Do you know who your target customer should be?
Working out the answer to this question should be a key part of your business strategy.
Because targeting the right pub customers can be the difference between success and failure in running a pub.
This article offers useful tips for doing just that.
But, first, I want to explore…
How and why some publicans cater for the wrong customer
The new publican starts off with an idea of the target customer. The needs and wants of this target customer is influenced by the publicans own experience in frequenting pubs.
Such an easy mistake to make!
They instinctively want to offer the kind of food they enjoy and a drinks range they’ll savour. It’s likely too that this publican’s ideas are influenced by their peer group.
And so, what they end up creating is a pub which caters for them and their buddies. Which is all well and good if they’re running a pub in a catchment area with needs and desires which match their own.
But what if they don’t match up?
Then your pub business strategy is set on flimsy foundations.
You have two options:
- Establish a pub in an area with clientele who have similar tastes to your own.
- Adapt your vision to the catchment area.
By correctly identifying and understanding the customers in a pub’s catchment area, you will have a firm understanding of the kind of service your pub needs to provide.
This will also create a solid foundation for all your marketing endeavours.
How to discover the needs of customers in your catchment area
You need to get a firm idea of the potential pub customers in your catchment area.
Current working publicans have the advantage of being able to analyse current trends. For example, you can examine itemised end-of-day reports for what customers are eating and drinking.
Now, let’s look at the vital research you need to carry out, whether or not you’re already running a pub.
There are two main types of research you need to undertake:
Real Life Observation and Desk Research.
Real Life Observation requires you to experience the area around your pub. Try sitting in pubs (including your own) and cafes in the area and observe customers and passers by. Get a real feel for the area at different times of the week, at different hours of the day.
Who are the customers in the busiest pubs? What are they providing that the quiet pubs don’t?
In other words, experience the area, talk to people and gain an understanding of what people want.
For Desk Research there’s a useful website called Check My Area.com which enables you to enter a specific postcode and get information about the residents in the area.
The data includes the types of resident (families, students, young professionals etc), the types of employment they are in, income levels, credit ratings and more.
Let’s start thinking in practical terms about the three main areas for establishing a pub.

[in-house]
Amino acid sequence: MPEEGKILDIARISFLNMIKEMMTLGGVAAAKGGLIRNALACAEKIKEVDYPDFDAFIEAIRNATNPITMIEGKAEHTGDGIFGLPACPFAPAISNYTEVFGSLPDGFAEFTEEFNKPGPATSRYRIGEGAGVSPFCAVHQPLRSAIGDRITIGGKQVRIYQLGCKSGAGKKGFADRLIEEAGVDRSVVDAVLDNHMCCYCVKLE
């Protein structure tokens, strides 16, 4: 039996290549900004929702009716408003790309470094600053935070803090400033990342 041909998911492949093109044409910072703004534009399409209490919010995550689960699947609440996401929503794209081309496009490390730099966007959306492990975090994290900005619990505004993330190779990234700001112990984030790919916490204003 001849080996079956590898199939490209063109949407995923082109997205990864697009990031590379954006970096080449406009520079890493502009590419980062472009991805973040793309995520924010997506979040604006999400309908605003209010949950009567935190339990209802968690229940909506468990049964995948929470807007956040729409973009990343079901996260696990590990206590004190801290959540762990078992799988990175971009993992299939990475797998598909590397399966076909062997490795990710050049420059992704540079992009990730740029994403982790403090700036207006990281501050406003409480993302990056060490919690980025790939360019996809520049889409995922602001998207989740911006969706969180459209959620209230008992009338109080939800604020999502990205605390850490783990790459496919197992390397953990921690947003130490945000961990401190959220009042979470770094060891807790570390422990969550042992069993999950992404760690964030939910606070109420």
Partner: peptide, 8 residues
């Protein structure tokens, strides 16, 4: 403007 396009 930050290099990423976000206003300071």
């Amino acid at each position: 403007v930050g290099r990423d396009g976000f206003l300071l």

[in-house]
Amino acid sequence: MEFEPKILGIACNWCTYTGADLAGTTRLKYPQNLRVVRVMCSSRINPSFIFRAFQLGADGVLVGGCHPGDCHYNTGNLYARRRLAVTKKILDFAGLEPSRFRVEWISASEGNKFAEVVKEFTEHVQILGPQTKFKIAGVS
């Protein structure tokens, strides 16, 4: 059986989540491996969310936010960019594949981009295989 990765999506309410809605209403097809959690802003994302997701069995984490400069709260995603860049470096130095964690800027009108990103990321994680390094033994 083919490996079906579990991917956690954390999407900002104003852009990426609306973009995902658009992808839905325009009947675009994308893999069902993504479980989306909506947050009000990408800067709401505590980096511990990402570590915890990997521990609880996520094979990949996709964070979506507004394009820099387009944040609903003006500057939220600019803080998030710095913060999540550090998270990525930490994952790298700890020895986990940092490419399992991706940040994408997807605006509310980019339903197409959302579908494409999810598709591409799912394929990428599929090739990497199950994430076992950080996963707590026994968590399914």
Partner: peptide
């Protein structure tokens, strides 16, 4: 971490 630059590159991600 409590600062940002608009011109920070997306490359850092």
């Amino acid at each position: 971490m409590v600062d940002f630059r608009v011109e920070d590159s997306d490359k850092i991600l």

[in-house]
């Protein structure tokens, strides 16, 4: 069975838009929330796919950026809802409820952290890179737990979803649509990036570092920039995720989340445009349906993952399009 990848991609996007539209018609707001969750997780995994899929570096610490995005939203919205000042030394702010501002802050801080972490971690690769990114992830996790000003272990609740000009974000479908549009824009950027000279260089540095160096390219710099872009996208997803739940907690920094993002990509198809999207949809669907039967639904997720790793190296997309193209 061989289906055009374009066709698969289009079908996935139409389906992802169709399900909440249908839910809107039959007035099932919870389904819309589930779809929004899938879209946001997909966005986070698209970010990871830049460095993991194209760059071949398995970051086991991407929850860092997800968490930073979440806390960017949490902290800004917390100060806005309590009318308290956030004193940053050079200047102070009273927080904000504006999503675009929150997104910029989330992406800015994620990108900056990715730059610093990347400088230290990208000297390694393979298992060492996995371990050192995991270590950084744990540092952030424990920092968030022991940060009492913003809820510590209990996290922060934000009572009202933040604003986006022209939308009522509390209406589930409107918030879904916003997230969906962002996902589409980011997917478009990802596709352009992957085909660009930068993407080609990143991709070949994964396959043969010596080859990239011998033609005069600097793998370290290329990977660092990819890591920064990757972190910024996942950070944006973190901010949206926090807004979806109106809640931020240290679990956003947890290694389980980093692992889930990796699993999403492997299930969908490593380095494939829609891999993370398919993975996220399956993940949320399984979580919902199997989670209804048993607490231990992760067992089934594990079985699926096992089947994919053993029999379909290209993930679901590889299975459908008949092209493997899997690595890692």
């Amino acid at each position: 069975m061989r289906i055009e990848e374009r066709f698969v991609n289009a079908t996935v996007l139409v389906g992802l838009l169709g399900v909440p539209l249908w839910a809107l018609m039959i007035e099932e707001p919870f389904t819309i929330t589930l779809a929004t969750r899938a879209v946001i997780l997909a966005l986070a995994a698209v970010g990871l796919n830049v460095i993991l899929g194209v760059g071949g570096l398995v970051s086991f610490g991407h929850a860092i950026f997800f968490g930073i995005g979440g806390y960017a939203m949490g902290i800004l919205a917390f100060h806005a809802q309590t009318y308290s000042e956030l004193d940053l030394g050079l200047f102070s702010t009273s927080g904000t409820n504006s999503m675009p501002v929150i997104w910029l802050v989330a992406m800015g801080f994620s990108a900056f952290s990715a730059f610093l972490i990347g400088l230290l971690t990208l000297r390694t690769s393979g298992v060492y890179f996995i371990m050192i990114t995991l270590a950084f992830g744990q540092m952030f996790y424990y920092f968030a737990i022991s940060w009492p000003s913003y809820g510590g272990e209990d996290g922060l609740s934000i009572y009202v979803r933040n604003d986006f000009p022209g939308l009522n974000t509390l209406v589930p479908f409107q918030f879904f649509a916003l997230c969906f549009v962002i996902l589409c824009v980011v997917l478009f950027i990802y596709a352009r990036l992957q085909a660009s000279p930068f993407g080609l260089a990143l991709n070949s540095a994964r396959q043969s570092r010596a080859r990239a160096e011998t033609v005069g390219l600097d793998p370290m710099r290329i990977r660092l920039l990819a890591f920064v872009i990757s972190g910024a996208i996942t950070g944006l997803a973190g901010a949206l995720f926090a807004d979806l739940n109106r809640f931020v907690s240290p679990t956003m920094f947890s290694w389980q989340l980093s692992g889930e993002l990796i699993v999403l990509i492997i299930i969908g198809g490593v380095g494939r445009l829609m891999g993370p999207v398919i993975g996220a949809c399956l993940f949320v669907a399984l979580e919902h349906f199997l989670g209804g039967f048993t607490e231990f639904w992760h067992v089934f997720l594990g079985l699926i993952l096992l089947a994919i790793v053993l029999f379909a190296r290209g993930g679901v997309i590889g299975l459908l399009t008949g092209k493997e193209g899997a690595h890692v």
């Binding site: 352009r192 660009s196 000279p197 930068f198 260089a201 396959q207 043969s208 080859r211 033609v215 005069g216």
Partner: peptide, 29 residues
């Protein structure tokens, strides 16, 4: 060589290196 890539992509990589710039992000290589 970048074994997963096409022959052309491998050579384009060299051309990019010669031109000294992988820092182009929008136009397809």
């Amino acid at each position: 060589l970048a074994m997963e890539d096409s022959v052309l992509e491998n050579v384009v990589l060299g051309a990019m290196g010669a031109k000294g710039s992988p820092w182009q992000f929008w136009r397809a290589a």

The city centre pub customers
In this location you may attract a vast range of different pub customers, including: nearby workers, residents, tourists, pub crawlers, pre-club drinkers, entertainment seekers, social drinkers, impulsive passers-by and more.
Competition is fierce in city centres and so the challenge is to stand out from the crowd. Many central areas (particularly those areas of historical, cultural and artistic significance) will likely attract a more affluent customer. While other areas may have a a younger, edgier feel, depending on the town or city.
Understand the specific area your pub is in by observing rival pubs, cafes, nearby shops, offices, and residential types. Spend time observing your catchment area. By day and night, weekday and weekend.
The suburban pub customers
In the suburbs, catchment areas are more strictly defined than in city or town centres. This makes it even more crucial that you know your local area.
Again, you should observe the current customers in your pub. Are they representative of the local community? Or are they mainly friends of the former pub landlord and part of a small social clique who traditionally meet there?
As with city centre pubs, observe the clientele at different times of the week. What’s the weekday or daytime crowd like? How about the weekends evening and daytime?
Also, you need to observe the local businesses and shops. Spend some time in a local cafe and observe their customers and passers-by.
Finally, undertake the desk research as suggested above.
By combining real life observation with statistical data, you should be able to come up with a good idea of your priority customer-types.
Country and village pub customers
A country and village pub usually has the benefit of a captive customer-base. Often, the nearest pub is a fair distance away.
Nonetheless, you can’t take your customers for granted.
If you don’t provide what they want, they will be less likely to frequent your pub. So, again, do some basic research about the local community both via observation and online research.
Many people will go out of their way to find a quality country pub. A wonderful country pub will be deemed worthy of a special journey.
You’ve gathered the information, now what…?
With a greater understanding of your catchment area, you have a better idea of how to provide the right service for them.
Is the competition missing a trick? Is there a market not being catered for?
Now it’s up to you to fulfil that need. Keeping abreast of the latest drinking and dining trends will ensure you keep up with changing tastes.
One of the key initial marketing tools you should use to promote your new improved pub is the humble leaflet or postcard.
Letterbox marketing has a long track record as one of the most important aspects of running a pub marketing campaign. It also ensure you reach those living in your catchment area.
You may also be interested in reading our comprehensive checklist of pub marketing ideas.